Much like traffic fines, e-toll accounts and the calorie count of the snack you might have before bedtime, many people blinker themselves to their credit worthiness, seeming to believe that if you don’t ask about it, it doesn’t exist.
But not knowing about your credit worthiness can hurt you in a real way. Imagine you’re the victim of identity fraud and someone’s living it up with loans taken in your name? The first you hear of it is when the letters of demand arrive and you suddenly owe money to the world? Or, when you need to apply for credit – a loan, studies, a new vehicle or renovations to your home – and you discover you don’t qualify?
Debt is a fact of life: it might be unpleasant, but for many of us, it’s unavoidable, even with fraud out of the equation. Disaster strikes and even with a savings cushion, you’re not prepared for it. Take medical debt. You fall seriously ill and need to find money somewhere to pay for treatment. Or your medical aid only covers a certain amount of hospitalisation and the gazillions still owed are for your account.
So you approach a financial institution, only to find out you don’t qualify for a loan.
It shouldn’t come as much of a surprise though, because once a year you’re entitled to a free credit report from one of the country’s four credit bureaus, yet few people embark on the exercise. Of South Africa’s 23 million credit-active consumers, only about 100 000 people actually check their credit reports a year.
There’s confusion around these reports, the deputy credit ombudsman, Reana Steyn, tells me, because bureaus punt “scores”, but your credit history is far more important and South Africans’ understanding of a “credit score” is more loosely defined than elsewhere.
Credit scores are basically summaries of your credit report, expressed numerically. Each bureau uses its formula to determine how the way you conduct your finances compares to other consumers.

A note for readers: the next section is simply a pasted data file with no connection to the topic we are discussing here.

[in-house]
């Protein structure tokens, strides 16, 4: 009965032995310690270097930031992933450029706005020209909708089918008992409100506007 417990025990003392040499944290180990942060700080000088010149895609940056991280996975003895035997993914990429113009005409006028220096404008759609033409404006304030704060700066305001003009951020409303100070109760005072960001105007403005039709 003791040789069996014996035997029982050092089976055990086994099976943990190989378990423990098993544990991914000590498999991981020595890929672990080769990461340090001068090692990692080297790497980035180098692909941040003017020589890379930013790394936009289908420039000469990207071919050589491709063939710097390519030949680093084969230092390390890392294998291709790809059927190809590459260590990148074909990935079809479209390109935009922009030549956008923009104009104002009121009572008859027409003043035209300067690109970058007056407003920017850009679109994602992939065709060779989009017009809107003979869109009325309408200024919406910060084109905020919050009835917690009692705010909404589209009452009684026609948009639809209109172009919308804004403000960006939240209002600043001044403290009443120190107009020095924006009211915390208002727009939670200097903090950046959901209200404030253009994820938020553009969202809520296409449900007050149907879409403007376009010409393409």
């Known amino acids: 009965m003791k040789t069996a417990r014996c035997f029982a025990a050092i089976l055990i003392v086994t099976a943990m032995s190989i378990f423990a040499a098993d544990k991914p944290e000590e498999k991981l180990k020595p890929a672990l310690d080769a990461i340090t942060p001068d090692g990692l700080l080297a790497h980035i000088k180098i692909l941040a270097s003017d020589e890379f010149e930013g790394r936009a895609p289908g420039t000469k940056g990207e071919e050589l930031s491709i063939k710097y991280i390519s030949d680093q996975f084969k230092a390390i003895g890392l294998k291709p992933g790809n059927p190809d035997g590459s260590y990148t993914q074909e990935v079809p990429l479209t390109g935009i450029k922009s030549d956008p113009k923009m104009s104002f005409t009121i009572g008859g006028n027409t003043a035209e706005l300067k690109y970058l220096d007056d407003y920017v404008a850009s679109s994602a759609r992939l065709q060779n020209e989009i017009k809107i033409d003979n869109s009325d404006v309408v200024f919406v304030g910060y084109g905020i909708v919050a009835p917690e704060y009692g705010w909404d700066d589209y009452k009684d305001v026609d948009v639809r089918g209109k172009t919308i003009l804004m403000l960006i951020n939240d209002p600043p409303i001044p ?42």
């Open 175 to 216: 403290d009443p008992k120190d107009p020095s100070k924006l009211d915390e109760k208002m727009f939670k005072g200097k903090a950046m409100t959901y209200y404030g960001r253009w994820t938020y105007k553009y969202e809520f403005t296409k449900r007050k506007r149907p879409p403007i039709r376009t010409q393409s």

“In the US, everyone knows their credit scores, much like they’d know their blood type. It’s a number and a status thing – you know what your score is and you can log on to websites, where you can see if you qualify for, say, a particular car, a home etc. People speak about it quite freely – unless, of course, their score is low.”
Here, the opposite is true. A credit score is not an objective assessment: the bureaus might be able to provide you with a score when you request a credit report, but payment history and credit profiles trump everything.
A case that recently came to the credit ombud’s attention highlighted the impact payment history can have on your profile.
A complainant wanted to buy a new car, but was declined. He thought his history was flawless. In March last year, he paid off his only two accounts with clothing retailers, and he didn’t owe money to any other creditors. One bureau gave him an excellent score because his accounts were paid up, and they weren’t huge credit agreements.
Then, another bureau told him he was high-risk: his accounts had gone into arrears before he paid them up. He has since not taken out any credit.
“Credit providers don’t know how they (clients with no credit) are going to conduct their accounts. A good risk client is someone who has accounts, and has been paying them regularly, for years. The (bureaus) don’t say to the creditors: don’t give them credit, that’s just their score,” Steyn said.
Salem Dyafta, consumer brand manager at TransUnion, America’s third largest credit bureau, which operates in 33 countries, agrees the risk you pose to credit providers is one of the biggest factors.
“Due to the credit providers not (being) able to assess your risk, you may be given credit at less favourable conditions, such as a higher interest rate. All debt is dependent on how you repay it. Some debt is viewed as bad, such as microloans, as it might reflect a desperate situation, especially if you have quite a few of them, but it all depends on how you pay.
“For your ‘score’, (having loans) might not affect you negatively... if you meet the obligations. However, if we look at affordability, if – for example – you are maxing your credit limit every month, it might affect your score.”